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Michael Musillami: Zephyr

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Zephyr successfully achieves its modest ambition. Pride, released in 2014, was a two-hour extravaganza that abetted guitarist Michael Musillami’s trio with rugged, notable guests (Kris Davis, Mark Feldman, Jimmy Greene), containing a live disc revitalizing old Musillami numbers and a studio disc that culminates with a four-song suite. By contrast, Zephyr sticks to the longstanding trio of Musillami, bassist Joe Fonda and drummer George Schuller. For their eighth release in 13 years, they impulsively entered the studio after a short tour in the spring of 2015 and laid down a half-dozen personal but unpretentious Musillami originals.

The trio interplay is spare and spacious, seasoned with Musillami’s compositional imagination but girded with vamps and a slightly funky lilt that is more straightforward than much of his previous output. The disc is framed by remembrances dedicated to his former bassist and friend, Dave Shapiro (the three-way call-and-response “Loops”), and to Dawn Hochsprung, the mother of his son’s wife, who was killed in the shootings at Sandy Hook Elementary, where she was principal (“Remembering Dawn”). A ballad for his daughter, “Francesca’s Flowers,” is a fragile tone poem. “Zephyr Cove” and “Pacific School” are musical meditations on landmarks from his childhood.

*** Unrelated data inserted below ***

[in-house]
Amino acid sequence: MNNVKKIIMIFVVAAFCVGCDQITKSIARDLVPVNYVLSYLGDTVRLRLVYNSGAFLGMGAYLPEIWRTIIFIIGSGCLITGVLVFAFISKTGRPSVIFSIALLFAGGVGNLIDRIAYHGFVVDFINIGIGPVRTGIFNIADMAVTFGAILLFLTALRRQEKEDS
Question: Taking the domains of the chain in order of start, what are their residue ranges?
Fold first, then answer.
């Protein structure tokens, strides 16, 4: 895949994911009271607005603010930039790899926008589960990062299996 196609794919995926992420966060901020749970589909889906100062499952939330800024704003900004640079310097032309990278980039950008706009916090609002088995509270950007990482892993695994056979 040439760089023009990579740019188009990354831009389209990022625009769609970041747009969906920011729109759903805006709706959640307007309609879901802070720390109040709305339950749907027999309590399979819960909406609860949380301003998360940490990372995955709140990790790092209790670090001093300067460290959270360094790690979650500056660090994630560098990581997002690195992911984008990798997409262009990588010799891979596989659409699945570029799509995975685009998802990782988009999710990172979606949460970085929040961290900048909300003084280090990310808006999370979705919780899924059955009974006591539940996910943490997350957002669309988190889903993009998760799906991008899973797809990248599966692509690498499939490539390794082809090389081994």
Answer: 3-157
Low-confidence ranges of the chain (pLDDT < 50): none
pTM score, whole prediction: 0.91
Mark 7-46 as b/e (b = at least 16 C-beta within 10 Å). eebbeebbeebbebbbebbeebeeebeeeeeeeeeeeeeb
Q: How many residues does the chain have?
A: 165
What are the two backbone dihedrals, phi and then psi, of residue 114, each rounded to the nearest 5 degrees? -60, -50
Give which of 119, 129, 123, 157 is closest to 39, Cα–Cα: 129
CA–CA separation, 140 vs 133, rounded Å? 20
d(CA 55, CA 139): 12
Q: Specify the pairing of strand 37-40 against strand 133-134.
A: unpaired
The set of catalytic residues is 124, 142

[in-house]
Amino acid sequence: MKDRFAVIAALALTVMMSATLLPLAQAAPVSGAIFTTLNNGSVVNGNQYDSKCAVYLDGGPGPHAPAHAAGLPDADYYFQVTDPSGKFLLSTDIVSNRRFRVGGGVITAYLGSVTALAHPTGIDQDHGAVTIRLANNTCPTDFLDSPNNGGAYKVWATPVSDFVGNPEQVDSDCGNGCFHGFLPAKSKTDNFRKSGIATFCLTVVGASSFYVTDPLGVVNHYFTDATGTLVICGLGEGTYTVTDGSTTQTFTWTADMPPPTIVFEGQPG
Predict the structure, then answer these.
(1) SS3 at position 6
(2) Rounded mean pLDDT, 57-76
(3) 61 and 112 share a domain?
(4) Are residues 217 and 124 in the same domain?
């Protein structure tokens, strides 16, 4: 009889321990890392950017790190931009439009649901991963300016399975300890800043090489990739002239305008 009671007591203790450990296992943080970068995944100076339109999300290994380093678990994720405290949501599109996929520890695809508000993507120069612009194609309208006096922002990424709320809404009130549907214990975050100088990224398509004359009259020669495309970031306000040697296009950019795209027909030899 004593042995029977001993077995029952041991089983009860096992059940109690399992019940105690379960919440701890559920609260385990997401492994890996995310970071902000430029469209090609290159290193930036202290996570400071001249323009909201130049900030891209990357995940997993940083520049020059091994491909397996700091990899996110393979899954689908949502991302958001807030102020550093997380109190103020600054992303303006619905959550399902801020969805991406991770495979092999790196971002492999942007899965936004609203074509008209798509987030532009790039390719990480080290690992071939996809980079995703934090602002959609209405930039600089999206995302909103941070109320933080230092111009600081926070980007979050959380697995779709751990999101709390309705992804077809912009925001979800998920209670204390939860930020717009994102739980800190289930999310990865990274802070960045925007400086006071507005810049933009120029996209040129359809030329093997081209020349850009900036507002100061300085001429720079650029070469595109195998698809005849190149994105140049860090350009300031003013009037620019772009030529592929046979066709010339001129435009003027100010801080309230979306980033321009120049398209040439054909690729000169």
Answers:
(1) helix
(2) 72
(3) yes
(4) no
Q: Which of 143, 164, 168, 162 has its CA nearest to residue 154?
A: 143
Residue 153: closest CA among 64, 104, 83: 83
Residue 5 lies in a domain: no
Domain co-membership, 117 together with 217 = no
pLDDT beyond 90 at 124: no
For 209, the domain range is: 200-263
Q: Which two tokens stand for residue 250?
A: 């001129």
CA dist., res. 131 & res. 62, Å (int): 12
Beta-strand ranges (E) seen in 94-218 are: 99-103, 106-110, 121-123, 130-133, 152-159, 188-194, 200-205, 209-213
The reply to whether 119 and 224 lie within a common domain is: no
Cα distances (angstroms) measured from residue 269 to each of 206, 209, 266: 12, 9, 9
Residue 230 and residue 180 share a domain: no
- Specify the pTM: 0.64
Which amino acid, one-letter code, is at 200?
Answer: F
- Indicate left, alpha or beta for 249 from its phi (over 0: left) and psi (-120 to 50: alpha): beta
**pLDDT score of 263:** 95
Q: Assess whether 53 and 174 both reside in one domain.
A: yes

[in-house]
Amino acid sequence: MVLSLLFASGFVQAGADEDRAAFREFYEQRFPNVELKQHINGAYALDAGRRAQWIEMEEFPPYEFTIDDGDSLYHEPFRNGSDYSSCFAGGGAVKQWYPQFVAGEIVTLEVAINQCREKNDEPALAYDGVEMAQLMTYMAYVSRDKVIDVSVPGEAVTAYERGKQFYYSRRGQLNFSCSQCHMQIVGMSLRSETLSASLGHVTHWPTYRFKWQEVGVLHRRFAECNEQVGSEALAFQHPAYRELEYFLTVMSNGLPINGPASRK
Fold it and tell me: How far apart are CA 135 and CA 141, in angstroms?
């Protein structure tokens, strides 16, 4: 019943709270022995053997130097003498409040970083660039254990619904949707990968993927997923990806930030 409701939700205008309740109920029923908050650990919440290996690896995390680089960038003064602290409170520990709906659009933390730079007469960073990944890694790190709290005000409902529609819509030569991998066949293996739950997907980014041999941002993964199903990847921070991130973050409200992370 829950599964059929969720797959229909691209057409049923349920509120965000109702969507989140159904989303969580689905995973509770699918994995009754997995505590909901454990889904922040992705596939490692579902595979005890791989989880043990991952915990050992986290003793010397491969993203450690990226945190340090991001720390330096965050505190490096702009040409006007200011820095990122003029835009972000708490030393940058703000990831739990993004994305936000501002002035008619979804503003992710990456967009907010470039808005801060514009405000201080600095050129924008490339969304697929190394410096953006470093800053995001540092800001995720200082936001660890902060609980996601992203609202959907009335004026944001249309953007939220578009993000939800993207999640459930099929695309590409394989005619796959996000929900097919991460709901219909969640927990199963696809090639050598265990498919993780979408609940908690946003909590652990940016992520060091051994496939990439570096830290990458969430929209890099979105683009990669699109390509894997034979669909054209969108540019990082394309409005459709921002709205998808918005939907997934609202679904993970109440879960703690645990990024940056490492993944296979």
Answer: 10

This material is well suited for Musillami’s guitar style, which meshes the amiable liquidity of Southern rock (think Dickey Betts) with the more cerebral delicacy associated with Jim Hall. Fonda and Schuller are typically astute, sensitive and simpatico. The absence of grandiosity, especially in light of its often emotionally charged inspirations, makes Zephyr a pleasant encounter.

Originally Published